It’s taken me some time to write this review of Every Bad, the debut album by Porridge Radio. It’s been a journey. Sincerely. I’ll tell you why. Consider this a precis of what’s to come: you ever hear a joke you thought was really funny that then became slightly less funny in repeated tellings that you then heard on Twitter and grumbled about because ‘Jesus, are people still laughing at that, that joke is literally hours old.” First time I heard Every Bad, the debut album by Porridge Radio, I thought, “hey, this is great, I’m going to play this next time I’m in the car and give it the almighty listening it deserves.” Cut to me playing the album in the car: “Is this the same record? I’m sure this was really great as opposed to just being good. Maybe I’m in a mood. Maybe I should play it another time. Yeah I’ll do that. I’ll play ‘Walking on Sunshine’ by Katrina and the Waves.
That’s what I need to get through today. ‘Walking on Sunshine’ by Katrina and the Waves. I’ll come back to Porridge Radio. I want to give it the review it deserves. Not just another angry moaning wanky review that demonstrates I’m just an old fuck who can’t even do new music any more.” Cut to a couple or three days later: “Hey! Porridge Radio! Ok. I’m ready. Thrill me like you did the first time! ‘Born Confused’! Opening track: “I’m bored to death / Let’s argue / I’m bored to death / Let’s argue.” Oh god. This is too close to my actual lockdown life. Shut up brain. Persevere. Okay. That bass line sounds a bit XX like. Or Cure-like. Either way. Bass line is good. Vocals are a bit Robert Smith like too. “Thank you for making me happy / Thank you for leaving me / Thank you for making me happy / Thank you for making me happy / Thank you for making me happy / Thank you for making me happy / Thank you for making me happy / Thank you for making me happy / Thank you for making me happy / Thank you for making me happy / Thank you for making me happy / Thank you for making me happy / Thank you for making me happy / Thank you for making me happy / Thank you for making me happy / Thank you for making me happy.’ Okay. Official sound of the lockdown. And quite possibly the closest Porridge Radio get to Katrina and the Waves. ‘Sweet’ follows.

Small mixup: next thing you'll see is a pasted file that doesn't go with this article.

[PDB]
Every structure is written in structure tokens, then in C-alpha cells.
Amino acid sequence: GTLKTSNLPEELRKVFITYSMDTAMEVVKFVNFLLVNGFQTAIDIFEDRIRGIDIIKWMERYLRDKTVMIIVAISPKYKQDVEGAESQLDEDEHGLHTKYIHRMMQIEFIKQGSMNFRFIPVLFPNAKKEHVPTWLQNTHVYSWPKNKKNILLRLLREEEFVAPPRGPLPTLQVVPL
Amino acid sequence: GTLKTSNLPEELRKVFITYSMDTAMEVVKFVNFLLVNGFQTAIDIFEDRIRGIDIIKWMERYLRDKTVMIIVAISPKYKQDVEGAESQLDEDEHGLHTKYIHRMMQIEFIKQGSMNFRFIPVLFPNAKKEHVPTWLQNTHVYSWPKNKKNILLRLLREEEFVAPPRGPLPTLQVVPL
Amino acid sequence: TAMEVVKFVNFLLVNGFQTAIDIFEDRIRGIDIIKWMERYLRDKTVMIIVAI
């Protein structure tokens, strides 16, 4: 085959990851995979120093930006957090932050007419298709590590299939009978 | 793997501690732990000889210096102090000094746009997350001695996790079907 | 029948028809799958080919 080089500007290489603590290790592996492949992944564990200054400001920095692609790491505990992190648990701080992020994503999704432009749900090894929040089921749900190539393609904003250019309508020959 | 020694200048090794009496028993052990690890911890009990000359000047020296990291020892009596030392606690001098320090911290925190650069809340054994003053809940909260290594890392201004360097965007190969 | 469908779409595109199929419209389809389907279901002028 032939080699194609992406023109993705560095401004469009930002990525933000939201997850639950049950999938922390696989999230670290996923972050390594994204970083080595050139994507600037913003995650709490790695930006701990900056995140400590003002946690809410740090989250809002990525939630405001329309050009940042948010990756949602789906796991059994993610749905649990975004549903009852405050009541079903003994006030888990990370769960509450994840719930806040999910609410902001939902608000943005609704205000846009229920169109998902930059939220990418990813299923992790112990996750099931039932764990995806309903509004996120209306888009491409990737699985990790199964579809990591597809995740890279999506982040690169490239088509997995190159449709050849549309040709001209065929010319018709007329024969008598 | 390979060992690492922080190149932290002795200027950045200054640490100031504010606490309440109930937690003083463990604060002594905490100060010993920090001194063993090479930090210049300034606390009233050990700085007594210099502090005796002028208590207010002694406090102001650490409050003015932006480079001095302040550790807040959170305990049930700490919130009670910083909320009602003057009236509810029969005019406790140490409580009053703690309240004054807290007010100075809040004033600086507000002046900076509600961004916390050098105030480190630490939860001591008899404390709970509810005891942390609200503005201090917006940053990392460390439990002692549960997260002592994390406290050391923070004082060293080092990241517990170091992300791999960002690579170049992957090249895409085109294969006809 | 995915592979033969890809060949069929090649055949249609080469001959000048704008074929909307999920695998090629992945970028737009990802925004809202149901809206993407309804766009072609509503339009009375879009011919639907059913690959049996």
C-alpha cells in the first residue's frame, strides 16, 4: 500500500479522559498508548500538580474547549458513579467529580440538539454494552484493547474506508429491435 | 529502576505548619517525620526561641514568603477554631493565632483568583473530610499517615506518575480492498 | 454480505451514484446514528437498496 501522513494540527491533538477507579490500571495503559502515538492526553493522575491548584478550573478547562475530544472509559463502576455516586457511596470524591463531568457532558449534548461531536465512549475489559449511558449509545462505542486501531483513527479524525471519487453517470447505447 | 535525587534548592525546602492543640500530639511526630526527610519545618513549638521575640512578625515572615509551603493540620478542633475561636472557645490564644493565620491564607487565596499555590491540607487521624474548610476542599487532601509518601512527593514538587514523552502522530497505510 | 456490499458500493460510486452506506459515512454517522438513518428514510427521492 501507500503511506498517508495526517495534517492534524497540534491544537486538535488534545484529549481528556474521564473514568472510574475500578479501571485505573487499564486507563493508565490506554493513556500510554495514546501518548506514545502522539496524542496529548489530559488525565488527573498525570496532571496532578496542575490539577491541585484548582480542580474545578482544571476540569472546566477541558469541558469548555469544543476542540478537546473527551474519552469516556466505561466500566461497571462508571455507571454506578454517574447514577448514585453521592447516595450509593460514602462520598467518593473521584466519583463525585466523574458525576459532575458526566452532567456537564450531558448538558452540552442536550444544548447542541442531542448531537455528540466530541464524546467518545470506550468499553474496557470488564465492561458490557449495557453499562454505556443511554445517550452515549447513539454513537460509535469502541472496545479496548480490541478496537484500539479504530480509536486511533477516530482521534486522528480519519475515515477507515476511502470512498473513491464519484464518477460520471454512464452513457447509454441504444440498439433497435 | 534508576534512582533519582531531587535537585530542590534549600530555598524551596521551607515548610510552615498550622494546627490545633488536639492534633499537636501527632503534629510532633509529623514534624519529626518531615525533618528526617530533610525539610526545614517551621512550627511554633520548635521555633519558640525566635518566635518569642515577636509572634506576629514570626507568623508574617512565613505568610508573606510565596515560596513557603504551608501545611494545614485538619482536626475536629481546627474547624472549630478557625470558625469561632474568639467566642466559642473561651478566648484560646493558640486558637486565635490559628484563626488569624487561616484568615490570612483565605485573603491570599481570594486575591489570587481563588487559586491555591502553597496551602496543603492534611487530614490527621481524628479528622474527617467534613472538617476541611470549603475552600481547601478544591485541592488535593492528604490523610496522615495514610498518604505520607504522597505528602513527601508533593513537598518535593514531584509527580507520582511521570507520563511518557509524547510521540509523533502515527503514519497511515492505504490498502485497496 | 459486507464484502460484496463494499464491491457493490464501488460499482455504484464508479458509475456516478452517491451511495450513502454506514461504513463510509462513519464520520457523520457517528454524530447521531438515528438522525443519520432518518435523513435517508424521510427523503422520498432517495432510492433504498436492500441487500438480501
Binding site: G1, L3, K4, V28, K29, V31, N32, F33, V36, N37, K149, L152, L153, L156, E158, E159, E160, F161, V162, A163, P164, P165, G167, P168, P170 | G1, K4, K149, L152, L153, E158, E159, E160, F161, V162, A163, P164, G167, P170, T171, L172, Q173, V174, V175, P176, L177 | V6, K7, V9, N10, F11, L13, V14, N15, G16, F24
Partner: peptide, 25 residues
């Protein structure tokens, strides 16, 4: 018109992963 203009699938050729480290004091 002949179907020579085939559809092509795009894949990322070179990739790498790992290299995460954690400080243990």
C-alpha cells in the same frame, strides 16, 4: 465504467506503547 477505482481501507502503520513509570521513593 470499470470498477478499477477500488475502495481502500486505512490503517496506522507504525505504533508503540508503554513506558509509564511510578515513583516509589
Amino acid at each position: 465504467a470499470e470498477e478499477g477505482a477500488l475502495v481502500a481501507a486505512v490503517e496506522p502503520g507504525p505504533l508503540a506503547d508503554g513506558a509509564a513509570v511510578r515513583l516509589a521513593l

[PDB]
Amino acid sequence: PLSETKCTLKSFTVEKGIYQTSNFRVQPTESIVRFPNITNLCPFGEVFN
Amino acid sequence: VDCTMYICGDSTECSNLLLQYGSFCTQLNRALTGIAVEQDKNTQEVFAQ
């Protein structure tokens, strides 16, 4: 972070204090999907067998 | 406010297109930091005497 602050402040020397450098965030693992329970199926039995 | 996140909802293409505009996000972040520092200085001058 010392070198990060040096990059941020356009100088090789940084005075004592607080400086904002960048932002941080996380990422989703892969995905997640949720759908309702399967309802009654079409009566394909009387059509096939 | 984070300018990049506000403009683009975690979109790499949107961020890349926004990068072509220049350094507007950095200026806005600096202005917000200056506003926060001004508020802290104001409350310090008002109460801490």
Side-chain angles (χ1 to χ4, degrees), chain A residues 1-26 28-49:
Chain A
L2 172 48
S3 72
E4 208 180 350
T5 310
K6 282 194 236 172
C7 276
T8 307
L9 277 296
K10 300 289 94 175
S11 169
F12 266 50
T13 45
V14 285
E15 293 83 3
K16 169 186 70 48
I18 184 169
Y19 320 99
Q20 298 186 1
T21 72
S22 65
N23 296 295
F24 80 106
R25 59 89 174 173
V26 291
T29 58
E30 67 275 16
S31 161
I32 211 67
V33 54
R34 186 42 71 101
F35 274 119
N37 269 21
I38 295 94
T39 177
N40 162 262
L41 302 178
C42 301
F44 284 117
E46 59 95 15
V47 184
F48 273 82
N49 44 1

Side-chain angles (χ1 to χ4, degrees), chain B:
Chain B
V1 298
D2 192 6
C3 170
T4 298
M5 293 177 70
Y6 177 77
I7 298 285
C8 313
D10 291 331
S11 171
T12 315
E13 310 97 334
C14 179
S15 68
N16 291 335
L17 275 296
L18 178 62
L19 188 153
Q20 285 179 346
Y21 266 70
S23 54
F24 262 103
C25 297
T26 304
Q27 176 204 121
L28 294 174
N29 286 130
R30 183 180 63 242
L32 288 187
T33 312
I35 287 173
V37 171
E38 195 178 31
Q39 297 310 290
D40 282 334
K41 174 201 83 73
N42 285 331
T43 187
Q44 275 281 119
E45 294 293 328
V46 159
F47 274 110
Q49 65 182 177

Epic swathes of guitar noise. Vocals a bit high in the mix for my liking. “My mum gave me this pen / She said It lights up when you press it / And something something so depressed.” Okay: bummed again now. Bloody lockdown. Stupid Boris Johnson not going to Cobra meetings. Stupid people complaining on Twitter about how some other people didn’t pay Rupert Murdoch all the extra money he needs for a single piece of investigative journalism that doesn’t quite justify all of the years spent perverting democracy as part of his evil empire. Focus brain. Focus: Porridge Radio. Track 3: ‘Don’t Ask Me Twice’. Opens with some nice mathematical drumming. “I don’t know / I don’t know / I don’t know,” she sings. You and me both sister. “It’s been a long long long long time,” she sings. I feel it. She’s basically critiquing my review of her album. “I don’t know / I don’t know / I don’t know.” There’s a shaft of sunlight through the window and I wonder if I am actually recreating the experience of listening to Porridge Radio. Maybe this is the best thing I’ve ever written. “Take me to hell,” she sings. Is this still only track 3? Possibly inspired by the repetition of the previous song, the fourth track is named ‘Long’.